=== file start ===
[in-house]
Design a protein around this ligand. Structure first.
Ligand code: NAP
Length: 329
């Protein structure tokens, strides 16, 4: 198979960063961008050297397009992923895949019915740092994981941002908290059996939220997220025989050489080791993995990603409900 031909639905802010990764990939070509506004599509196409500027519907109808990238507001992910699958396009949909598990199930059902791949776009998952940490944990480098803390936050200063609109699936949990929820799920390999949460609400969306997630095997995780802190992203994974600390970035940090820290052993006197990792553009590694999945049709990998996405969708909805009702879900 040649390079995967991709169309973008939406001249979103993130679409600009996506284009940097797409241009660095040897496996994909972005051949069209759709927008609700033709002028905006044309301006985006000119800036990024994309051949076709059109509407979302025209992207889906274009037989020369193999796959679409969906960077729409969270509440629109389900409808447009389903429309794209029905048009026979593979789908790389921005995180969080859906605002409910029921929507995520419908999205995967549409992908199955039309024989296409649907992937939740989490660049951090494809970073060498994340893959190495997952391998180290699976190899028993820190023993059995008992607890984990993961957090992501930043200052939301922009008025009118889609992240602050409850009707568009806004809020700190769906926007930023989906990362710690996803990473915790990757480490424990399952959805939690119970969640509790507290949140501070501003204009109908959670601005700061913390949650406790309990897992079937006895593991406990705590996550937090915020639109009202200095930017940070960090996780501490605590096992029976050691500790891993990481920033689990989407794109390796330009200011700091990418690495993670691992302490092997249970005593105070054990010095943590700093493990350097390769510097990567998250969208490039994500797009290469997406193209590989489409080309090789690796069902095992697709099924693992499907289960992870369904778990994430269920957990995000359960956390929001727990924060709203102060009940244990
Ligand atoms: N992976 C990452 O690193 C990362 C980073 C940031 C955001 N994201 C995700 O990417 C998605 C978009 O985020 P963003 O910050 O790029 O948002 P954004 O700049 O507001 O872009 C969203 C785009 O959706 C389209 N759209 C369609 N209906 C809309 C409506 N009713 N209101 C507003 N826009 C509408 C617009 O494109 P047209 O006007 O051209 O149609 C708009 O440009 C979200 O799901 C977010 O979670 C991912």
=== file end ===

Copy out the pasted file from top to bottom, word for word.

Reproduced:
[in-house]
Design a protein around this ligand. Structure first.
Ligand code: NAP
Length: 329
């Protein structure tokens, strides 16, 4: 198979960063961008050297397009992923895949019915740092994981941002908290059996939220997220025989050489080791993995990603409900 031909639905802010990764990939070509506004599509196409500027519907109808990238507001992910699958396009949909598990199930059902791949776009998952940490944990480098803390936050200063609109699936949990929820799920390999949460609400969306997630095997995780802190992203994974600390970035940090820290052993006197990792553009590694999945049709990998996405969708909805009702879900 040649390079995967991709169309973008939406001249979103993130679409600009996506284009940097797409241009660095040897496996994909972005051949069209759709927008609700033709002028905006044309301006985006000119800036990024994309051949076709059109509407979302025209992207889906274009037989020369193999796959679409969906960077729409969270509440629109389900409808447009389903429309794209029905048009026979593979789908790389921005995180969080859906605002409910029921929507995520419908999205995967549409992908199955039309024989296409649907992937939740989490660049951090494809970073060498994340893959190495997952391998180290699976190899028993820190023993059995008992607890984990993961957090992501930043200052939301922009008025009118889609992240602050409850009707568009806004809020700190769906926007930023989906990362710690996803990473915790990757480490424990399952959805939690119970969640509790507290949140501070501003204009109908959670601005700061913390949650406790309990897992079937006895593991406990705590996550937090915020639109009202200095930017940070960090996780501490605590096992029976050691500790891993990481920033689990989407794109390796330009200011700091990418690495993670691992302490092997249970005593105070054990010095943590700093493990350097390769510097990567998250969208490039994500797009290469997406193209590989489409080309090789690796069902095992697709099924693992499907289960992870369904778990994430269920957990995000359960956390929001727990924060709203102060009940244990
Ligand atoms: N992976 C990452 O690193 C990362 C980073 C940031 C955001 N994201 C995700 O990417 C998605 C978009 O985020 P963003 O910050 O790029 O948002 P954004 O700049 O507001 O872009 C969203 C785009 O959706 C389209 N759209 C369609 N209906 C809309 C409506 N009713 N209101 C507003 N826009 C509408 C617009 O494109 P047209 O006007 O051209 O149609 C708009 O440009 C979200 O799901 C977010 O979670 C991912």